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Much like the lightweight Katy Perry track covered by one too many season 9 contestants, tonight’s American Idol telecast ran decidedly ”hot and cold,” to the point where I could almost imagine the show’s producers sitting around a conference-room table cooking up peculiar plots to ensure the most tepid Hollywood Week episode of all time. Some of the things they said (in my head):
”We could get people excited this year by rolling out names of the top 24 semifinalists starting on Tuesday, but only after we make ’em endure 70 minutes of insomnia-curing conference-room footage!” ”Hey, let’s see if we can pull off that ruse again where we insist that singers who forget their lyrics are going home immediately, but then not actually follow through with our threats!” ”Oh, and yeah, we’ll let Jermaine through to the top 46 — but it’s gonna be that annoying Sellers dude, not Purifory! Psych!”
Such is the frustrating (but not unexpected) yin and yang of the Idol experience. For every David Cook, there’s a Kristy Lee Cook. For every cool new song cleared for usage (howdy, Coldplay!), there’s a seeming insistence that every third contestant cover either Colbie Caillat’s ”Bubbly” or Michael Jackson’s ”Man in the Mirror.” And for every refreshing water-like beverage served to the judges, there is a corresponding corporate-branded container.
Okay, that last example didn’t quite make sense, but neither did the abrupt elimination of worship pastor Tasha Layton (more on her in a minute). But since their future earnings potential now rests firmly in our hands, let’s first run down the seven singers who advanced to the semifinals tonight — and, more importantly, what their ”thumbs up” from the judges actually means to the season 9 proceedings.
Aaron Kelly: Proof that someone high up in the Idol food chain is either helpless to resist the rosy red cheeks of teenage male singers, or at least cynical enough to know a certain segment of fans must have a contestant whose head they can fantasize about squeezing off and dangling from their rear-view mirrors. Indeed, with Aaron’s ”yes, ma’am” responses and his big doleful eyes, it’s easy to see how the judges fell for his charms. But whether or not the kid has the emotional maturity and vocal confidence to actually contend for the season 9 crown, well, that’s an altogether different story.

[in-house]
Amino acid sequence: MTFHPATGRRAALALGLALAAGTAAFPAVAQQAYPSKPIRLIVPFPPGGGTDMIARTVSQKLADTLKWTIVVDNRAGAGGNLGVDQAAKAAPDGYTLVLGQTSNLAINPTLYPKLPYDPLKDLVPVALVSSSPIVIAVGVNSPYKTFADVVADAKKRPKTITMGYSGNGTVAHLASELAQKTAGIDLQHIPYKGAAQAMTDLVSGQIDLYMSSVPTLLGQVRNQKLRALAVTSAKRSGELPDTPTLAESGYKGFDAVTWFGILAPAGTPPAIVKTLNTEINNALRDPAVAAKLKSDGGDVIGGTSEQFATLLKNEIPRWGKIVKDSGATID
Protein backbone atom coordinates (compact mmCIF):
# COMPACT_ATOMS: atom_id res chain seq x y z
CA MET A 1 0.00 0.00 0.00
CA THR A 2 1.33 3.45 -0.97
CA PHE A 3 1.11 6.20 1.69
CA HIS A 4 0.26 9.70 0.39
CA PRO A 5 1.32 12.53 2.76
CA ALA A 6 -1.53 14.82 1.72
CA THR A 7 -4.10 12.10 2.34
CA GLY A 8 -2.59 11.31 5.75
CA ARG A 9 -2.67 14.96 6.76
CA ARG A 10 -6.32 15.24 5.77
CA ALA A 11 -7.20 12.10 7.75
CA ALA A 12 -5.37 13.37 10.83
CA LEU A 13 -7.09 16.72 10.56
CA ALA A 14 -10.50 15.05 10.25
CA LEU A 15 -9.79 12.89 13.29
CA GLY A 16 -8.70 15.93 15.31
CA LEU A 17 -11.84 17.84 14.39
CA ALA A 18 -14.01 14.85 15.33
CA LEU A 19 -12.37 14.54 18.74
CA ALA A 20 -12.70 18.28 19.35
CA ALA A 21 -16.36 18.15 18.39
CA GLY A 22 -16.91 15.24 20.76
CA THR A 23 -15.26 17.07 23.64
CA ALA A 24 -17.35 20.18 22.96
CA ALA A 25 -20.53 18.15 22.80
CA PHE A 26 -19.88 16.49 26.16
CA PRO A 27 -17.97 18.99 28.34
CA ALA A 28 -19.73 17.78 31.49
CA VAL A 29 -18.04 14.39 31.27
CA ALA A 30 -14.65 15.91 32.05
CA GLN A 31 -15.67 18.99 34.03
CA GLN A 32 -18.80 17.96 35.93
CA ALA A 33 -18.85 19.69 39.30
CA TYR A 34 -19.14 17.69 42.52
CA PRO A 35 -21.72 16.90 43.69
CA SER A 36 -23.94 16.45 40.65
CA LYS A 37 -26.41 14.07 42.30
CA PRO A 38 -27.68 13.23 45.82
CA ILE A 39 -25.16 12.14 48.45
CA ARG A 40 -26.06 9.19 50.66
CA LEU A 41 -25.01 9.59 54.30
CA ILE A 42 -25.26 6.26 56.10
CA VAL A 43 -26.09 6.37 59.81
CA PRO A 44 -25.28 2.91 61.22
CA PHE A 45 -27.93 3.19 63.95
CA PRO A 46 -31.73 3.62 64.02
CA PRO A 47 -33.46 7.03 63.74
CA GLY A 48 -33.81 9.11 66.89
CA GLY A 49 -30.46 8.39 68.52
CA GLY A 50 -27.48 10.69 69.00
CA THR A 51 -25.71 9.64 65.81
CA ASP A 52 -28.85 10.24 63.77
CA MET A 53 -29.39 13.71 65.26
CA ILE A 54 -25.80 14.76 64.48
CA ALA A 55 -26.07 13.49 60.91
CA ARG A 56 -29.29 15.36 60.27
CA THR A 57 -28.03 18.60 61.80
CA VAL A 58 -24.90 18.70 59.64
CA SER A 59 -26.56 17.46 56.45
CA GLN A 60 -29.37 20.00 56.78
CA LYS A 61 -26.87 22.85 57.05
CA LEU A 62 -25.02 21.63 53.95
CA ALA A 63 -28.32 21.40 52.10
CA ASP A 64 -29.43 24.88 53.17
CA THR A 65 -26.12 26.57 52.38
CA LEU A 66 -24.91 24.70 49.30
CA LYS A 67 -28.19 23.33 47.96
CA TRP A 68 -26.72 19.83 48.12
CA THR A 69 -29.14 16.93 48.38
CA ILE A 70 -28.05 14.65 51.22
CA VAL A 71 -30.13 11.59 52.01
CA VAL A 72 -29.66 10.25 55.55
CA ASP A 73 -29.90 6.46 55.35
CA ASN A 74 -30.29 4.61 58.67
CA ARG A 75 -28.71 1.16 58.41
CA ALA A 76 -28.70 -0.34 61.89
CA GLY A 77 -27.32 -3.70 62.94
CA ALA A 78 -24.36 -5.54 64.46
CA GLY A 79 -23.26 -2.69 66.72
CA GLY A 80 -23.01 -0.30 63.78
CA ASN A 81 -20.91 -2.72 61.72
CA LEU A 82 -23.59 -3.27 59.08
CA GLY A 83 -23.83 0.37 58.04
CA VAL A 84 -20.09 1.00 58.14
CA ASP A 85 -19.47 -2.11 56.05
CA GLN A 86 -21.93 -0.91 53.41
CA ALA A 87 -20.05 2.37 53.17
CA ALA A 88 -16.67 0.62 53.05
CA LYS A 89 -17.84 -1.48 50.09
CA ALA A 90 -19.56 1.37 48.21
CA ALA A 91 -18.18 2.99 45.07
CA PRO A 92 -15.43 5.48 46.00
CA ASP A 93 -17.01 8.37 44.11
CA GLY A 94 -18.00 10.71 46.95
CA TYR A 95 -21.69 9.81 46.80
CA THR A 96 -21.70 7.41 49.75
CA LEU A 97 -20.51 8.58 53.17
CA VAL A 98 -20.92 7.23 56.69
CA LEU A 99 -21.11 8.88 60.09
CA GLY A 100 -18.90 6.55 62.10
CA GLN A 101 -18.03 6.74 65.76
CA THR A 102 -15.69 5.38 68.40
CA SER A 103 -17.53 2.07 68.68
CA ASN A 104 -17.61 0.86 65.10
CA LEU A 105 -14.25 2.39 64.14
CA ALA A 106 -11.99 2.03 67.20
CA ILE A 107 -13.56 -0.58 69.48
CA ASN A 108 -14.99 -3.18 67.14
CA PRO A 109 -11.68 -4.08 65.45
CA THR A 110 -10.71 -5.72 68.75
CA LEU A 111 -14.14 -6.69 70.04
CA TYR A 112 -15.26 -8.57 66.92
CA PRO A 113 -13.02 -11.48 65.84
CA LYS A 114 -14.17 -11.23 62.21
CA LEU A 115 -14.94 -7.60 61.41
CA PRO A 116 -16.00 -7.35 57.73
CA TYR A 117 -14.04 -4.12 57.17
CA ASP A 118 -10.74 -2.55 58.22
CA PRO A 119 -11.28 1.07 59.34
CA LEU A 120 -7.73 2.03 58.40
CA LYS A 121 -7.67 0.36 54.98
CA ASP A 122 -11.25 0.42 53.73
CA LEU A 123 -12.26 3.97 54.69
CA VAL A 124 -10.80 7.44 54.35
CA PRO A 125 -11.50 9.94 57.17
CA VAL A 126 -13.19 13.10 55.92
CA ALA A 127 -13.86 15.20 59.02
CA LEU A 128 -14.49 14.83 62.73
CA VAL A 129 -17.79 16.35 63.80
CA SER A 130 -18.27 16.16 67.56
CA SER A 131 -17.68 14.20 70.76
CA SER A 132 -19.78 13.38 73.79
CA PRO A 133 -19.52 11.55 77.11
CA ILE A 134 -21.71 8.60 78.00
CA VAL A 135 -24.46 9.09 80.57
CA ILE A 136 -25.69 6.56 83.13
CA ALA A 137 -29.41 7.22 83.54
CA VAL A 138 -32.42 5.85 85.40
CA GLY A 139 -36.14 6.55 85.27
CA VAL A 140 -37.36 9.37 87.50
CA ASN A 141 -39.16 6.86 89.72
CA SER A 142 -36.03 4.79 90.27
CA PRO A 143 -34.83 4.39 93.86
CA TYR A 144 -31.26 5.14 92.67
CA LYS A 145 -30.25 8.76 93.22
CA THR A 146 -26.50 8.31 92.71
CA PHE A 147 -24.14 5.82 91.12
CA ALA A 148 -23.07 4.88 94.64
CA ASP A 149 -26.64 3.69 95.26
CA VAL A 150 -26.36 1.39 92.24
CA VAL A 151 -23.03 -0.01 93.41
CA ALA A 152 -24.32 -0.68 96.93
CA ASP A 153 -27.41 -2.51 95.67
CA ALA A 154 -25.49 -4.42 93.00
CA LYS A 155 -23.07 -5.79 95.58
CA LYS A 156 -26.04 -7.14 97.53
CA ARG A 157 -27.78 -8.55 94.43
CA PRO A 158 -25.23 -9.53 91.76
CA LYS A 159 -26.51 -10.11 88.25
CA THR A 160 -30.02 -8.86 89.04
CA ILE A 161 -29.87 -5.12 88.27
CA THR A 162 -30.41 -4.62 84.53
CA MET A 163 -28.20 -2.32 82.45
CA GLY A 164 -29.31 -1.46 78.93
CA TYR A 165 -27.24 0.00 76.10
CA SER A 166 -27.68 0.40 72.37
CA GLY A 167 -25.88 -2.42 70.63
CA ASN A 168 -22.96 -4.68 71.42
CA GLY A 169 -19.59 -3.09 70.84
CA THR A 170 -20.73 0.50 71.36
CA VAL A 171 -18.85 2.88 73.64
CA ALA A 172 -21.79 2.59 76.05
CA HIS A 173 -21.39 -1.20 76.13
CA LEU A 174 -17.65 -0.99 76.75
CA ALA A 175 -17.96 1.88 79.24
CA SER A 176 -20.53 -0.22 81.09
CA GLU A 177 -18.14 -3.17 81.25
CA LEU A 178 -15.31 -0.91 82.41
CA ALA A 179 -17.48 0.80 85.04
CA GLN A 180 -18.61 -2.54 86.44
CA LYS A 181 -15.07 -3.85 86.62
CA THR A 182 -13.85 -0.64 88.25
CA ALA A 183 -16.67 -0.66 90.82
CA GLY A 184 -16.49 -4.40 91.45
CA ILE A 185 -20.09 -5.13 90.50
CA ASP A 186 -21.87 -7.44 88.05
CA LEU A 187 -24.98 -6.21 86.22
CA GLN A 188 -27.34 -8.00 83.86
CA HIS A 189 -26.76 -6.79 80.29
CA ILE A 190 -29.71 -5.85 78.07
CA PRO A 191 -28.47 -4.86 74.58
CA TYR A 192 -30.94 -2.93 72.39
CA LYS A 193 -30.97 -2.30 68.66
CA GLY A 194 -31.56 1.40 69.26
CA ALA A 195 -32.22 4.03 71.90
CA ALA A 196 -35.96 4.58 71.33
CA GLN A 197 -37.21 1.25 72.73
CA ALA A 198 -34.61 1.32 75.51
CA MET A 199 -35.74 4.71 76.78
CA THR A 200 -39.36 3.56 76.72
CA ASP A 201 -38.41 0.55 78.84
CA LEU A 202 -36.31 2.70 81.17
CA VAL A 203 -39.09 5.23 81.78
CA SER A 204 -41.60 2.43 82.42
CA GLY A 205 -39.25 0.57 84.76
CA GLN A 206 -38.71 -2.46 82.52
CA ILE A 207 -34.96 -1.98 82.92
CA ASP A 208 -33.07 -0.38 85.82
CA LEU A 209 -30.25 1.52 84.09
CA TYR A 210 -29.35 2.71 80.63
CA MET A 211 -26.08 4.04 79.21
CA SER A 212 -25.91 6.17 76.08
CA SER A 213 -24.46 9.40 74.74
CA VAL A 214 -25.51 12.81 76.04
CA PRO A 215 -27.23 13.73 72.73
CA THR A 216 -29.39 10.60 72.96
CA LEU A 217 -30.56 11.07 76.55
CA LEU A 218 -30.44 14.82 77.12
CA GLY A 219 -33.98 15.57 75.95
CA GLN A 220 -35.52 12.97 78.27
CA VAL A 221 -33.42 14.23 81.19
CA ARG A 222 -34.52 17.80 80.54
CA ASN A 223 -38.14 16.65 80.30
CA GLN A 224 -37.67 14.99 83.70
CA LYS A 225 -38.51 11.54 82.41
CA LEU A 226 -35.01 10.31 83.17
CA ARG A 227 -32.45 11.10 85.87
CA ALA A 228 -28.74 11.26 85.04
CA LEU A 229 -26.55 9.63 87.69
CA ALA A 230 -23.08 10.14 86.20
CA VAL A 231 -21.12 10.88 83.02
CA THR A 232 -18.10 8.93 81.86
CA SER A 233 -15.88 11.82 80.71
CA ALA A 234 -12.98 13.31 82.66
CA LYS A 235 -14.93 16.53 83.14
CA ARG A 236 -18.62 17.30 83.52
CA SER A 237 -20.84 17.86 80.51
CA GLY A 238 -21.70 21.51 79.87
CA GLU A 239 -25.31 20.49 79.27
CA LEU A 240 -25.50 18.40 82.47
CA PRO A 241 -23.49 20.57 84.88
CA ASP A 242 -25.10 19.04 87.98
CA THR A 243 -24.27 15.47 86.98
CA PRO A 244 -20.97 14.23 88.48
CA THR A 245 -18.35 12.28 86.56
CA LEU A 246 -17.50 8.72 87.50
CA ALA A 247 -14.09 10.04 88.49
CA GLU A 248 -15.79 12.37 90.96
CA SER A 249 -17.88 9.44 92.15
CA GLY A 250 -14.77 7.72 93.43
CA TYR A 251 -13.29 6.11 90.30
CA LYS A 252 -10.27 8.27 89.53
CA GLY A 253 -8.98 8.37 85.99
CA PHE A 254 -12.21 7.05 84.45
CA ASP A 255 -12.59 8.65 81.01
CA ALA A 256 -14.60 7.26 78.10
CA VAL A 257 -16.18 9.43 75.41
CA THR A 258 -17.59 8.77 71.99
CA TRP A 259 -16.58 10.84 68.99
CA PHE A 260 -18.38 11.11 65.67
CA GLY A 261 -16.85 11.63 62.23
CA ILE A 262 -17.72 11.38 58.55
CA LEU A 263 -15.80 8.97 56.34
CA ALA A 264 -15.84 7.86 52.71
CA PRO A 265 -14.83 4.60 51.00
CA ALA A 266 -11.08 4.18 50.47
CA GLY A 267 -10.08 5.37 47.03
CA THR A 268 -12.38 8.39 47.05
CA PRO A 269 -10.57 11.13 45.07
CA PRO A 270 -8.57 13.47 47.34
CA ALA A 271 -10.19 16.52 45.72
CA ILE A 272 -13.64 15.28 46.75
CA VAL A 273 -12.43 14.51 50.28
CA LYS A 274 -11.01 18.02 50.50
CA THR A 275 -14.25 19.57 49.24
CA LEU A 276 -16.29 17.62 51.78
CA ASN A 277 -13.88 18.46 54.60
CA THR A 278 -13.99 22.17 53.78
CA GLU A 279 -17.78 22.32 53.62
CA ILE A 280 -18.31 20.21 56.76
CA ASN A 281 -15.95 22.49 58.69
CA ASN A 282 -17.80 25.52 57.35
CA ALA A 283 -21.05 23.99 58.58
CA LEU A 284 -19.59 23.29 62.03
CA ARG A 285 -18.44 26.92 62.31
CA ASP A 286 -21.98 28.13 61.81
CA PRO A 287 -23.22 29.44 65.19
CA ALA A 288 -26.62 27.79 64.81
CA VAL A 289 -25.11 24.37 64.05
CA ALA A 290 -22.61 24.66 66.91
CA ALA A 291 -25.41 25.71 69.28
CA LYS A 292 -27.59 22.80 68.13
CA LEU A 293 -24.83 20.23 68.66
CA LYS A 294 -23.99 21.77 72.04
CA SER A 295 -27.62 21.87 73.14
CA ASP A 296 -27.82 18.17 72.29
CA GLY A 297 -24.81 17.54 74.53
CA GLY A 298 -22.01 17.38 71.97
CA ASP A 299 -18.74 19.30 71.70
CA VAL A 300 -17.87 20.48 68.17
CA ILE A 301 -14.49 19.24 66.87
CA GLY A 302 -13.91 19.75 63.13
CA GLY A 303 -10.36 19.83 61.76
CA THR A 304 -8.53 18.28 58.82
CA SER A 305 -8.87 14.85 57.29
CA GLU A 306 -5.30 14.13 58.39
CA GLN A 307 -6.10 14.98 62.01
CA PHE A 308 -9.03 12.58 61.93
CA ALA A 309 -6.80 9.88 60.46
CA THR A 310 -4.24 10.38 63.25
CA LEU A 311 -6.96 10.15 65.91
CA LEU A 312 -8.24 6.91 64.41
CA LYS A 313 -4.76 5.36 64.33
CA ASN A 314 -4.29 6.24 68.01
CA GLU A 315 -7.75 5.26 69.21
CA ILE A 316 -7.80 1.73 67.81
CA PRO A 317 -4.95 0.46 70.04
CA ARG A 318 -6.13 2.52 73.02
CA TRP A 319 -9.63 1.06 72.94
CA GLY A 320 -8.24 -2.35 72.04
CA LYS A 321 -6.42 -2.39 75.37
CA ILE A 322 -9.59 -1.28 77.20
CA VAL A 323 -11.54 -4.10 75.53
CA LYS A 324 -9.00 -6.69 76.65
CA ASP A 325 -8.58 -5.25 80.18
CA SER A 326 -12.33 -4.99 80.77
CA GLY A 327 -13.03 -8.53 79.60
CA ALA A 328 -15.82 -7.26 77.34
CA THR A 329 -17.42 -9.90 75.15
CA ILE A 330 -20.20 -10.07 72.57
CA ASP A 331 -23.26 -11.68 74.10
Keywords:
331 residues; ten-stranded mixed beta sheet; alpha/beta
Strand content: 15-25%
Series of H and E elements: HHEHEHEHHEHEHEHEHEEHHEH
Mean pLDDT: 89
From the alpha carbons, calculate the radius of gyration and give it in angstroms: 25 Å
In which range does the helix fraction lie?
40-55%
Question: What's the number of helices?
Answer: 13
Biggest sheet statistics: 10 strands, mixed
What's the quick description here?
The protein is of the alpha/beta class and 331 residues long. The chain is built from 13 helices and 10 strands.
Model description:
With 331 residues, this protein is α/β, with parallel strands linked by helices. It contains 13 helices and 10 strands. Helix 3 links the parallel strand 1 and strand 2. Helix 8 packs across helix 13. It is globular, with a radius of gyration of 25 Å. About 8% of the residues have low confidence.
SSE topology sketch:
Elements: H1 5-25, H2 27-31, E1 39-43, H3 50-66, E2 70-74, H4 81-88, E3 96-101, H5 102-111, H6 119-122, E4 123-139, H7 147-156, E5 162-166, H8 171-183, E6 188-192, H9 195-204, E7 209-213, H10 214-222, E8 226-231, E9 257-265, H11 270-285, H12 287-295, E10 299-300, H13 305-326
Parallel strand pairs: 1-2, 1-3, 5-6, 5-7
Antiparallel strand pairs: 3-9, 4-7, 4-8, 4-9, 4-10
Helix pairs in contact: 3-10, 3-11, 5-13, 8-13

I mean, can anyone out there imagine that two weeks from now, the kid will be ready to deliver anything in the same division, let alone the same league, as David Archuleta’s Top 20 Week take on ”Imagine” back in season 7? Sure, Aaron’s initial audition to Miley Cyrus’ ”The Climb” was impressive, but that was in a little conference room in front of only the judges and some crew members. Up there on the massive Kodak stage, Aaron struggled with the lyrics to ”Get Ready” during the group round, and again whiffed on ”Angel” on Day Three. And while the nervous quaver in his voice during the latter track added some poignancy to the proceedings, I couldn’t help but feel like the judges had prematurely sent a potential stick-ball prodigy to the Major Leagues for the aw-shucks irresistibility of seeing him swim around in a big ‘ole uniform. I hope Aaron proves me wrong, but somehow his step forward felt like a disservice to both him and the show.
Michael Lynche: Proof that the producers’ ”find us an everyman!” mantra is alive and well and annoying as ever in season 9. I hate to be the one to pop Big Mike’s balloon — in fact, I’m disinclined to say anything negative about a guy whose biceps are as big around as my noggin — but dude’s Day 3 rendition of Jason Mraz’s ”I’m Yours” was so breathy and flat, he might as well have been performing it while doing a light warmup on the treadmill. Weirder still, Simon couldn’t have been more wrong that the personal trainer got stronger throughout Hollywood Week, as his Day One performance of ”Waiting on the World to Change” was significantly stronger than his two subsequent performances.
Then again, maybe Simon simply meant that Michael’s b-roll footage, not his vocal had improved; having your wife deliver a baby mid-audition is the stuff that TV dreams are made of, as was the image of the burly contestant lifting Ellen, Ryan, and Kara (the latter wrapped in what looked like a gold, ribbed body condom) into the air out of pure joy. And while it’s hard to rain on the parade of a guy who exited the ”auditorium of doom” door with a jaunty shuffle-step, I can’t help think of ”nice” guys from past seasons like Matt Rogers and Michael Sarver, both of whom went a lot farther than they should have on the basis of their ”Personality, 10; singing, 3” formulas. Show of hands: If all of us had to place a vote right this second for Big Mike or the cocky-but-vocally-superior Todrick Hall, wouldn’t the former contestant win in a landslide? Speaking of which…
NEXT: Ode to at least one Jermaine